Call for Papers | Valuing Sculpture

Posted in Calls for Papers by Editor on April 5, 2021

William Hogarth, A sculpture yard filled with copies of Greek and Roman sculptures, together with contemporary people and objects, 1753, engraving (London: Wellcome Collection).

◊  ◊  ◊  ◊  ◊

From the Henry Moore Foundation:

Valuing Sculpture: Contemporary Perspectives on Art, Craft, and Industry, 1660–1860
Online, Henry Moore Institute, Leeds, 27–28 July 2021

Proposals due by 7 May 2021

Keynote Speakers
Dr Greg Sullivan (University of York/ St. Paul’s Cathedral)
Dr Rebecca Wade (Independent)

The indeterminate position of sculpture within the arts is a malleable concept which continues to challenge researchers. Categorisations such as art, craft, or industry contrive barriers, separating works from one another and disavowing the cross-fertilisations between sculptors, makers, and artisans involved in the formal practices and aesthetics of art production. The conference Valuing Sculpture: Contemporary Perspectives on Art, Craft and Industry, 1660–1860, held as part of the Henry Moore Institute’s 2021 Fabrication Research Season, will refocus attention on how links have been consistently made between media and making processes to categorise and subsequently value sculpture.

How and why has sculpture been continually explored and defined as part of art, craft, and industry? Are these classifications still useful for discussing a medium that reaches across so many medial and dimensional boundaries, and what might be excluded or lost through such categorisations? How might we more fully address the processes of collaboration and exchange between sculptors and makers involved in sculptural production?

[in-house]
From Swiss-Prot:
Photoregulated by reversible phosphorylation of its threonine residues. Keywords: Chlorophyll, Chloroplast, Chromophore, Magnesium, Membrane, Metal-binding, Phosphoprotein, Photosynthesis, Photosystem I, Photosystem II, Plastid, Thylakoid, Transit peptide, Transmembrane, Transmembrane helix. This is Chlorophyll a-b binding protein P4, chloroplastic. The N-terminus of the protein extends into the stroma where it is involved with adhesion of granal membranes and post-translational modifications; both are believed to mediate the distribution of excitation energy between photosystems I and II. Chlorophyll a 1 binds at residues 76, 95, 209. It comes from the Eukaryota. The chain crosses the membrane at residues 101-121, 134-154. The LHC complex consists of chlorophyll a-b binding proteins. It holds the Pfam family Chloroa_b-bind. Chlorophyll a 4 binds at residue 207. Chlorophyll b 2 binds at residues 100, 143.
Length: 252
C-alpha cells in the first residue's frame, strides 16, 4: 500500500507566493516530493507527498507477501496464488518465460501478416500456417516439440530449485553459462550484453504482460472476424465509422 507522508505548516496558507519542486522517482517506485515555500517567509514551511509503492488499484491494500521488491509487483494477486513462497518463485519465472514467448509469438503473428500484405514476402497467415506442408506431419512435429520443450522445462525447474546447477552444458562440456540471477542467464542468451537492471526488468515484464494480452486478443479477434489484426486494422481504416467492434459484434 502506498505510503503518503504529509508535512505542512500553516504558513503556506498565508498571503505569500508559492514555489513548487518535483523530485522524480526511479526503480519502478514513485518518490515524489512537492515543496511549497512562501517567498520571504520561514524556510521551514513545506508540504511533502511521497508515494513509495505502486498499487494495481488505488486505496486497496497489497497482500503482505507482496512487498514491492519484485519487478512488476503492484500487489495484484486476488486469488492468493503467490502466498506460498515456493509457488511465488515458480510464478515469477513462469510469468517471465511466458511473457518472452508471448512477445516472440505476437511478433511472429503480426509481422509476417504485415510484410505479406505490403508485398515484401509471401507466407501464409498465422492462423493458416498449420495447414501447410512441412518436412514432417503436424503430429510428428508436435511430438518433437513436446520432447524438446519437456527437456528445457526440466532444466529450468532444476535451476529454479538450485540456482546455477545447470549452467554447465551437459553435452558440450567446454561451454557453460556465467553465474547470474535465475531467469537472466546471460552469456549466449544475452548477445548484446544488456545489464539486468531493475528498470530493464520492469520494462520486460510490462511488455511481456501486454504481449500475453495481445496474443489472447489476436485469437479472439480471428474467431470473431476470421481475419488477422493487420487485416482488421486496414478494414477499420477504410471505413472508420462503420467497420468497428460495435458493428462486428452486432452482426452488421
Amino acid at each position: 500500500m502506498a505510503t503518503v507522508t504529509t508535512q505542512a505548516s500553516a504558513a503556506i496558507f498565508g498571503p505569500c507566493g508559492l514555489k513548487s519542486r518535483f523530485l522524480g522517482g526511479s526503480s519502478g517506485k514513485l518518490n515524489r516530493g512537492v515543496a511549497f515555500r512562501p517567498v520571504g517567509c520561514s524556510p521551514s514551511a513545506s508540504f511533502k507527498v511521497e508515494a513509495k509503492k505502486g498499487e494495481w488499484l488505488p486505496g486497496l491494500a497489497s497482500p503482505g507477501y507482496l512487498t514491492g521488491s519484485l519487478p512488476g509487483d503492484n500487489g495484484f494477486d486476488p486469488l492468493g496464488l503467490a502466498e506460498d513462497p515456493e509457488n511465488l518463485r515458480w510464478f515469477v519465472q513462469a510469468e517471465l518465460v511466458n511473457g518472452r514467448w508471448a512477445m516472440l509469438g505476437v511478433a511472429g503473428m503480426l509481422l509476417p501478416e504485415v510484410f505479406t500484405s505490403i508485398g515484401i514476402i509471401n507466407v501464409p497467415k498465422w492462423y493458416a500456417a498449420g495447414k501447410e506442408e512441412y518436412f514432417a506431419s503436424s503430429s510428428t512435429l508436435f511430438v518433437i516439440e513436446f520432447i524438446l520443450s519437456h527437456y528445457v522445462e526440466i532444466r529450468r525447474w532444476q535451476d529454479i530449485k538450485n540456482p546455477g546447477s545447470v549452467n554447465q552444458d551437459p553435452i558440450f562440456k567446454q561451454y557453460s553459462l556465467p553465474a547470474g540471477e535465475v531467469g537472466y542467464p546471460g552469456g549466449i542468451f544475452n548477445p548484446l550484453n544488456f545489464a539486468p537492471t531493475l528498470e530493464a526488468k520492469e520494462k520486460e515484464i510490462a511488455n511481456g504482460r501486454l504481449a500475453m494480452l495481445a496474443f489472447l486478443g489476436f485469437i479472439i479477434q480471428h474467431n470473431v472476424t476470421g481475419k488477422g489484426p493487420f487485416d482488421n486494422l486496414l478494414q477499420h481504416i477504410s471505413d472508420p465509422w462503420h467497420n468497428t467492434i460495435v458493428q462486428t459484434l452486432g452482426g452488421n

We invite proposals to foster an interdisciplinary dialogue between researchers and sculpture practitioners, considering how value judgements of sculpture were formed in the period 1660–1860 and their impact on the development of modern sculptural practices. We are viewing sculpture in its widest definition and across a broad geography and history. As such, we particularly welcome proposals about less widely studied media, such as bone, textile, and plasterwork.

Possible topics could include but are not limited to:
• Individual vs collaborative making processes
• Relationships between sculptors, artisans, manufacturers, and fabricators
• Commercialisation of manufacture
• Perceived vs actual value of materials
• Hierarchies of subject matter in sculpture
• Value of sculpture as determined by context
• Aesthetic vs commercial value of functional objects
• Definitions of decorative vs fine arts

The conference is organised by Sammi Scott and Charlotte Davis (University of York), Caitlin Scott (University of Sheffield), and Hannah Kaspar (University of Leeds) in collaboration with the Henry Moore Institute. Sessions will be held online over two consecutive afternoons.

The conference is open to researchers and sculpture practitioners from all backgrounds and will be a supportive environment for postgraduate students and early career researchers. Abstracts should be no more than 300 words and need to be accompanied by a brief biographical note. If you have prior recordings of other papers that you have presented online, then please also include links in your email. Please send your abstract and biography in an email with the subject heading ‘Valuing Sculpture’ to research@henry-moore.org by Friday, 7 May 2021.


%d bloggers like this: